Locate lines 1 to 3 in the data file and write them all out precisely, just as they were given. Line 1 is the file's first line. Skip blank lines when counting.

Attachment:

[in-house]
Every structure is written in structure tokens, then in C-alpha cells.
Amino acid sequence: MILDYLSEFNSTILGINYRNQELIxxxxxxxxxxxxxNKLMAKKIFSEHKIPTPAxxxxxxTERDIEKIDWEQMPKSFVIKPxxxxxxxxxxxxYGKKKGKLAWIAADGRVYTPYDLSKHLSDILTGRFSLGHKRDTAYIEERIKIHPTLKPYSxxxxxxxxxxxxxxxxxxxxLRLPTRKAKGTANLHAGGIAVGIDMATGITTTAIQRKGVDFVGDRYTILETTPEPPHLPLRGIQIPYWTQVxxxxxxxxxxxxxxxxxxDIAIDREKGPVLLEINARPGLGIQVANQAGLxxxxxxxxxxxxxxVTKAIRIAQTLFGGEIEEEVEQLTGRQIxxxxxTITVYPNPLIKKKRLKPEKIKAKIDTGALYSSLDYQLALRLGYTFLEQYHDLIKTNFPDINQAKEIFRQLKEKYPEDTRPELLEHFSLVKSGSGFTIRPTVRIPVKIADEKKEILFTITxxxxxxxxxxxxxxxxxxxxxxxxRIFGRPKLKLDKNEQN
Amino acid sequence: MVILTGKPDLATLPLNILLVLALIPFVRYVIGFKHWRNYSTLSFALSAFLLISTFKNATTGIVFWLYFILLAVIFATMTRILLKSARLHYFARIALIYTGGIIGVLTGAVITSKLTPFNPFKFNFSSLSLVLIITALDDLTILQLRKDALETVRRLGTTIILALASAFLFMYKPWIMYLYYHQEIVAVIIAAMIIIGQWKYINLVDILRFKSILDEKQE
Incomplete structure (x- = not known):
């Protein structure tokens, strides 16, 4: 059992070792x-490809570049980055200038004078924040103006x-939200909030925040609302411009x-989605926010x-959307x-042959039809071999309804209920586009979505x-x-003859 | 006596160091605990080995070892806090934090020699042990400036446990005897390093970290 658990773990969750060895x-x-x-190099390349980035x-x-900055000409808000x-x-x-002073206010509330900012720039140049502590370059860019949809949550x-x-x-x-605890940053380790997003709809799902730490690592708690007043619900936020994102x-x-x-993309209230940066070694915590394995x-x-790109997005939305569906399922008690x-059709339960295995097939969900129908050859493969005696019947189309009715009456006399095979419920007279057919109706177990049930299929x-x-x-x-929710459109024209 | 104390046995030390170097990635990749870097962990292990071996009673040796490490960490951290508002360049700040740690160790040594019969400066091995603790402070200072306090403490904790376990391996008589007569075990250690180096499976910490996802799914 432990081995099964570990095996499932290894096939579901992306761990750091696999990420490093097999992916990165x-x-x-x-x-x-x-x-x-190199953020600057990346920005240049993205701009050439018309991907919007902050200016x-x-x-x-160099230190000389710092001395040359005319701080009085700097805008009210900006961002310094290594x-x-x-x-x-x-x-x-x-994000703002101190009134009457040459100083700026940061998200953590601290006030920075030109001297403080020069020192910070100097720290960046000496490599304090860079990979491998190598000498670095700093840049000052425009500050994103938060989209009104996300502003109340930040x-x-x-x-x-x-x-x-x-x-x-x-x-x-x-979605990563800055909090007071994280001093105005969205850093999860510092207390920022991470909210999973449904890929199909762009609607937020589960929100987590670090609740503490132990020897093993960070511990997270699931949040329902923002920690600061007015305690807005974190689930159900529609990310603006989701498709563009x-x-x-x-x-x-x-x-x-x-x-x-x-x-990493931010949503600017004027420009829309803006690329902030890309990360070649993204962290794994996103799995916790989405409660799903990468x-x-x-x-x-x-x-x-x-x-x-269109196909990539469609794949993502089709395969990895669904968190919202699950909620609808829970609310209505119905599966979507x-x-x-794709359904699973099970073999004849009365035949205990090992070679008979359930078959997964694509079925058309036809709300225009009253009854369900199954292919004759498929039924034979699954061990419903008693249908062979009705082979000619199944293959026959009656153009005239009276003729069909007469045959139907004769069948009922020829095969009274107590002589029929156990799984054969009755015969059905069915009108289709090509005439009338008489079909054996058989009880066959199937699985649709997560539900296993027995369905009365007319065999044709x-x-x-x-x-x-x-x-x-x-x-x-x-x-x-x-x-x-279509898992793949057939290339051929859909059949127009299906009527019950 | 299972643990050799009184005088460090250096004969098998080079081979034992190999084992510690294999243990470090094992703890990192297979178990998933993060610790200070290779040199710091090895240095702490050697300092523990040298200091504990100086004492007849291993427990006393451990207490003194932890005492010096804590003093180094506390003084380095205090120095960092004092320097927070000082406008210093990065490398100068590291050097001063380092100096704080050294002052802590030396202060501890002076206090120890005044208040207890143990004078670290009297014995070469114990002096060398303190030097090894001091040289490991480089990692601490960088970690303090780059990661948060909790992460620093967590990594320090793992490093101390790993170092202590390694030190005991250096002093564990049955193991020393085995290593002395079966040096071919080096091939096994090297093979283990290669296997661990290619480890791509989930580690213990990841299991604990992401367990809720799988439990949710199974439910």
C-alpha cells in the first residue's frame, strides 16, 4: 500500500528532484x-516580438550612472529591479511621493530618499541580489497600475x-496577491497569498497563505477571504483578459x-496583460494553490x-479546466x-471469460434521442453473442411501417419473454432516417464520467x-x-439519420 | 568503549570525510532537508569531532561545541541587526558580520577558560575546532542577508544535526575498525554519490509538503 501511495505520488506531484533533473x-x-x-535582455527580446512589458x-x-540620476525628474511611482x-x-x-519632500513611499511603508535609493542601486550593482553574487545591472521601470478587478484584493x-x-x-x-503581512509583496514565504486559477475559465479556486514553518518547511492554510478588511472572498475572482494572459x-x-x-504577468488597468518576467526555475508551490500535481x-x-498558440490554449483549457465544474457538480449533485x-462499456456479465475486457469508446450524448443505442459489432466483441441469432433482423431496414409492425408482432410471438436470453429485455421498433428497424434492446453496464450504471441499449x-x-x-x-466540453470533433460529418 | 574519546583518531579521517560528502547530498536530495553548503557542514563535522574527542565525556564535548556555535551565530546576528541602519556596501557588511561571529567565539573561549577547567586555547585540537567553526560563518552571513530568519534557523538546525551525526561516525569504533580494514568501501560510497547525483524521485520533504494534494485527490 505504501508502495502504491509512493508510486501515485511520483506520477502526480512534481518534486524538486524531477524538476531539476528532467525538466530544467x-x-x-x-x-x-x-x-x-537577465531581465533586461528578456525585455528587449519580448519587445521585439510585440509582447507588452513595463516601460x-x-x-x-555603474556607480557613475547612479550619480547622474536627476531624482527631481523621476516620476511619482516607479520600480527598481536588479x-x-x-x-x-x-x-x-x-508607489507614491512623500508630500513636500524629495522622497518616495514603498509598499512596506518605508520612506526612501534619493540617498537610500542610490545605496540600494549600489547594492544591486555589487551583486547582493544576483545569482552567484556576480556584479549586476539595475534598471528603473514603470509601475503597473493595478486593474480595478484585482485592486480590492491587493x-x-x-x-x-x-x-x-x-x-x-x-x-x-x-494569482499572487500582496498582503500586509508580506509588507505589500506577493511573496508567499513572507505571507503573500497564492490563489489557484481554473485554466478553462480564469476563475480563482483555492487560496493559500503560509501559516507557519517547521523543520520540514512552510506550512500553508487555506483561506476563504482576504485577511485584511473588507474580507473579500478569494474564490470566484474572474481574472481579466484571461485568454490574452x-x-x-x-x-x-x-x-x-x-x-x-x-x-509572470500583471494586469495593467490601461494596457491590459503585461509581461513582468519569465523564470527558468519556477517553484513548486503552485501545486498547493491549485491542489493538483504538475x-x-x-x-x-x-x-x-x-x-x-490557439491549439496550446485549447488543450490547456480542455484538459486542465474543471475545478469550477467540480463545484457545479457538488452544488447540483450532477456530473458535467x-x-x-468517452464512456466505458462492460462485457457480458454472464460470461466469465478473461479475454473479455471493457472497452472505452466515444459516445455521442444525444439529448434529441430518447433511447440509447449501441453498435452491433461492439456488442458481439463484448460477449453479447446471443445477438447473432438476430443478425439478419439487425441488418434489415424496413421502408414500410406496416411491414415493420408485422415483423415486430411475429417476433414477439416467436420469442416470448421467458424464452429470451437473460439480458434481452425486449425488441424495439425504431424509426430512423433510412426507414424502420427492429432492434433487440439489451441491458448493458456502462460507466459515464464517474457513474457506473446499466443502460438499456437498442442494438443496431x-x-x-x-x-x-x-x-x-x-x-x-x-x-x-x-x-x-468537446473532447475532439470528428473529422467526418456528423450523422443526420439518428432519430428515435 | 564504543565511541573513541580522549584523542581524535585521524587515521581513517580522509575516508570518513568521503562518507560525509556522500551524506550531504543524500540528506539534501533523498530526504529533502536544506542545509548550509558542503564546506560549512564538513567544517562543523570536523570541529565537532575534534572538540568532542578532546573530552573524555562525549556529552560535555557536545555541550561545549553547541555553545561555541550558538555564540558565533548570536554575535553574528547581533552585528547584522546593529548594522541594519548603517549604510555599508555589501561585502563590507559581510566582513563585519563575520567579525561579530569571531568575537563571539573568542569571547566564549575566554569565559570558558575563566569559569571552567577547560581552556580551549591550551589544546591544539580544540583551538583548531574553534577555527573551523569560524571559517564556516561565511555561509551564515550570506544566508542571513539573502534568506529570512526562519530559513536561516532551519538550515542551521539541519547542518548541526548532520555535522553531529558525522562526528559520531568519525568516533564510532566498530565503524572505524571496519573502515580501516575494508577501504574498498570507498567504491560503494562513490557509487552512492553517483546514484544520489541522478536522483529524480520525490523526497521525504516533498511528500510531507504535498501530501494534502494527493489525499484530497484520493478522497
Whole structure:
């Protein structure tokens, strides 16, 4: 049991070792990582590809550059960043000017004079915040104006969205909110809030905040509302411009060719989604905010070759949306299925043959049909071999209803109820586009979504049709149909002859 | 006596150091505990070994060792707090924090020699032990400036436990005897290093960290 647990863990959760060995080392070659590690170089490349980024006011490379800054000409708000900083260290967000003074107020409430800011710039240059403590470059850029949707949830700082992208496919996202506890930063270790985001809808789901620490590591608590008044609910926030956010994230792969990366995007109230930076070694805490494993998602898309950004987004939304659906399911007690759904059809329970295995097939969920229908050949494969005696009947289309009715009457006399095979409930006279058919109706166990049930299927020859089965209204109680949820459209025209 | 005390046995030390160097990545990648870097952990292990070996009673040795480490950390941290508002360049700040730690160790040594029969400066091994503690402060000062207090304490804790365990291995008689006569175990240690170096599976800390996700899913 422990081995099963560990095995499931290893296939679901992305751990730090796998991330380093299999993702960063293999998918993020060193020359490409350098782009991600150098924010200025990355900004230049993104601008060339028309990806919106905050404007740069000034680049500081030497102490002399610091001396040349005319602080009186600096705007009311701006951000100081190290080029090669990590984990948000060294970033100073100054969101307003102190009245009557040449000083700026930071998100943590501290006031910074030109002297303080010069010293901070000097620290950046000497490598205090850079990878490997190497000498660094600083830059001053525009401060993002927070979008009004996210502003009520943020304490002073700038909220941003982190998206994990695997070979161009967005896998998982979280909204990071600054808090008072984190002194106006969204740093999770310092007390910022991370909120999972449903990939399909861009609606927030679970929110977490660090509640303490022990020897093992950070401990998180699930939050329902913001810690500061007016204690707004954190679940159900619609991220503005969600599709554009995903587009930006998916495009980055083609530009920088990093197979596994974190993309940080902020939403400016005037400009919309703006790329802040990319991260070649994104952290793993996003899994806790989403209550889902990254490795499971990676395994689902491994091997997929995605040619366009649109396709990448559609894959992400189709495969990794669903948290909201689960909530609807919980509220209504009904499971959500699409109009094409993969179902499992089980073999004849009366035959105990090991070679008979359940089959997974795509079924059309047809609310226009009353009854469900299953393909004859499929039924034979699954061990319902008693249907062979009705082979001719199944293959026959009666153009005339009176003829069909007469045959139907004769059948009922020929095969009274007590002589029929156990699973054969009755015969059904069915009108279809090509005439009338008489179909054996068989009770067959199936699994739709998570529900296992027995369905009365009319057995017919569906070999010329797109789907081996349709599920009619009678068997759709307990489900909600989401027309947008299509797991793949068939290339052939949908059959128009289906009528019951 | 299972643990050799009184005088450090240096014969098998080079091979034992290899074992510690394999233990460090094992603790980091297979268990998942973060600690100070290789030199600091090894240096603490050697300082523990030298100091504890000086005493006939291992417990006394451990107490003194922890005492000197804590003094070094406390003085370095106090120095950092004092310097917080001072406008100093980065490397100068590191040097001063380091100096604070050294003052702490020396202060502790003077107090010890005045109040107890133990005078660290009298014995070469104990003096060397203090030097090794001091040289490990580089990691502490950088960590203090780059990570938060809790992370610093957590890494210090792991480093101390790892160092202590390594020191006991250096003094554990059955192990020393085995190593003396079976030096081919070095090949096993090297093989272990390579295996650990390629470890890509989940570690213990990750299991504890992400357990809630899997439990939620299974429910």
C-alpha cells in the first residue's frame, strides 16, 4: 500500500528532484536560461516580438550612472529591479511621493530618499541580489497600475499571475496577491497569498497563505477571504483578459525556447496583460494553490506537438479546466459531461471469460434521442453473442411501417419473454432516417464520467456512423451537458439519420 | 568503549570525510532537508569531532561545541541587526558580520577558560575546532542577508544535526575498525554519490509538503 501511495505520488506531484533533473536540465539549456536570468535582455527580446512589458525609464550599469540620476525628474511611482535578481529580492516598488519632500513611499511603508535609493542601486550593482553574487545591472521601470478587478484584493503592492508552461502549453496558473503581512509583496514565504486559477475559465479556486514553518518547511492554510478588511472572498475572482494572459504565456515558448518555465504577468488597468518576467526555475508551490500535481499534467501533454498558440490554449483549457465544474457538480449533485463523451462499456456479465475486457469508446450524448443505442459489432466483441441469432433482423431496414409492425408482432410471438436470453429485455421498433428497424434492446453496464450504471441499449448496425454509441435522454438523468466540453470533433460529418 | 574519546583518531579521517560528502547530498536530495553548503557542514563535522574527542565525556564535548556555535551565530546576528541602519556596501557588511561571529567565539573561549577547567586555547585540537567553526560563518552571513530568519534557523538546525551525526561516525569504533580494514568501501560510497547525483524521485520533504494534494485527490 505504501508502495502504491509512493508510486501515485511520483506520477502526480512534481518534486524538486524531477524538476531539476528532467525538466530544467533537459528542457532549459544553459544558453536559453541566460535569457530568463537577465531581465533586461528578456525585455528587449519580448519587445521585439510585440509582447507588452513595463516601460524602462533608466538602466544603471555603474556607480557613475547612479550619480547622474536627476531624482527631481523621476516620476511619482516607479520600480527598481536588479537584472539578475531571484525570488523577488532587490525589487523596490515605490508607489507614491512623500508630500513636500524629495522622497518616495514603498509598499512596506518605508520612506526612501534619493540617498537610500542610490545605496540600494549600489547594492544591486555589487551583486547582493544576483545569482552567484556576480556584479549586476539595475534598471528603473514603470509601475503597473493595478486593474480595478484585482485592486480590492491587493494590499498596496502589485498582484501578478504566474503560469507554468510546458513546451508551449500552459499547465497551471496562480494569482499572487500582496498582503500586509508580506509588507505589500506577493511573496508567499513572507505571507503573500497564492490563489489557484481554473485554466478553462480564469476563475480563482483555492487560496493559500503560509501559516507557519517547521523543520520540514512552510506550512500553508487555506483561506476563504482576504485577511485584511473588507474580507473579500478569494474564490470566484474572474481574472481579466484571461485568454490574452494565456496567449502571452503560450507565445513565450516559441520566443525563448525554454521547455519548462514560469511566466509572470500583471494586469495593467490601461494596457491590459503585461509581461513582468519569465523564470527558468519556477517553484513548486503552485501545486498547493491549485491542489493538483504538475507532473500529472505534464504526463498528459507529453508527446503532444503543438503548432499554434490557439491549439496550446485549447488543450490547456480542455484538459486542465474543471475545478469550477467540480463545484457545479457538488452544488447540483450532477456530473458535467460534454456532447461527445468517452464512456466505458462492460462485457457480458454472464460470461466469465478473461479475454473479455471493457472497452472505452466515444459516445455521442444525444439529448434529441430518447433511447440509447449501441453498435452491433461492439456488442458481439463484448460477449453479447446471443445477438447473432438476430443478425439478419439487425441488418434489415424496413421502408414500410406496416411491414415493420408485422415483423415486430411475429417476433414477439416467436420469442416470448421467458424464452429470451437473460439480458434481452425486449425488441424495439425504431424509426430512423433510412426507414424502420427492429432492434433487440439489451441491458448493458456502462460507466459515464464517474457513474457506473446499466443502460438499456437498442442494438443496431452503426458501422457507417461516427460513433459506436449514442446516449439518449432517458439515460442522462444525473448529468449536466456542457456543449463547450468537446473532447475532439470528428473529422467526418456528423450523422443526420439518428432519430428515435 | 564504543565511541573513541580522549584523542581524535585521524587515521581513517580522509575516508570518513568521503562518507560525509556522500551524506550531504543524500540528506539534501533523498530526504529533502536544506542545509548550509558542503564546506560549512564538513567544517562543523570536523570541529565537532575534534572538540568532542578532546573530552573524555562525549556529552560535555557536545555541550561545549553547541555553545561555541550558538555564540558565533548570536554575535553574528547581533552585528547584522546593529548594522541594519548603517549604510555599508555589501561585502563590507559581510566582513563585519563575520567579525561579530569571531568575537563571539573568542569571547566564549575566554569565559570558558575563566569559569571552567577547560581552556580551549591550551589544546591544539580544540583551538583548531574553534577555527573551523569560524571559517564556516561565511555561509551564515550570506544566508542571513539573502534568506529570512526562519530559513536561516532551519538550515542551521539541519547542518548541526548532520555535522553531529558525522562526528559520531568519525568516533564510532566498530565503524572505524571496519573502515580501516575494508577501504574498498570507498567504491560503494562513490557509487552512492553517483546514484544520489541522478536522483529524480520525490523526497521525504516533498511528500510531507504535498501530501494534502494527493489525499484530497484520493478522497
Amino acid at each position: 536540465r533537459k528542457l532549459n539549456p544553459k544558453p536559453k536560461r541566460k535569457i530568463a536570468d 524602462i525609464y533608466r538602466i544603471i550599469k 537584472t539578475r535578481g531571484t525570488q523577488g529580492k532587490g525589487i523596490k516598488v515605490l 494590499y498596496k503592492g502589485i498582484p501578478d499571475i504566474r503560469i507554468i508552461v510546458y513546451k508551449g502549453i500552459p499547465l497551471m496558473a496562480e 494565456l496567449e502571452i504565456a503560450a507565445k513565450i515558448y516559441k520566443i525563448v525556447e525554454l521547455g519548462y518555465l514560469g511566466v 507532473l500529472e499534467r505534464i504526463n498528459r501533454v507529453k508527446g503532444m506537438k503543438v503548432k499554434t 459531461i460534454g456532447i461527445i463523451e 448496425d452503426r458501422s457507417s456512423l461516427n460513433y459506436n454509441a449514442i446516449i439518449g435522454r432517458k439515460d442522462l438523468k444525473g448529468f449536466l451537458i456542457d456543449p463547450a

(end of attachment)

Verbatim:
[in-house]
Every structure is written in structure tokens, then in C-alpha cells.
Amino acid sequence: MILDYLSEFNSTILGINYRNQELIxxxxxxxxxxxxxNKLMAKKIFSEHKIPTPAxxxxxxTERDIEKIDWEQMPKSFVIKPxxxxxxxxxxxxYGKKKGKLAWIAADGRVYTPYDLSKHLSDILTGRFSLGHKRDTAYIEERIKIHPTLKPYSxxxxxxxxxxxxxxxxxxxxLRLPTRKAKGTANLHAGGIAVGIDMATGITTTAIQRKGVDFVGDRYTILETTPEPPHLPLRGIQIPYWTQVxxxxxxxxxxxxxxxxxxDIAIDREKGPVLLEINARPGLGIQVANQAGLxxxxxxxxxxxxxxVTKAIRIAQTLFGGEIEEEVEQLTGRQIxxxxxTITVYPNPLIKKKRLKPEKIKAKIDTGALYSSLDYQLALRLGYTFLEQYHDLIKTNFPDINQAKEIFRQLKEKYPEDTRPELLEHFSLVKSGSGFTIRPTVRIPVKIADEKKEILFTITxxxxxxxxxxxxxxxxxxxxxxxxRIFGRPKLKLDKNEQN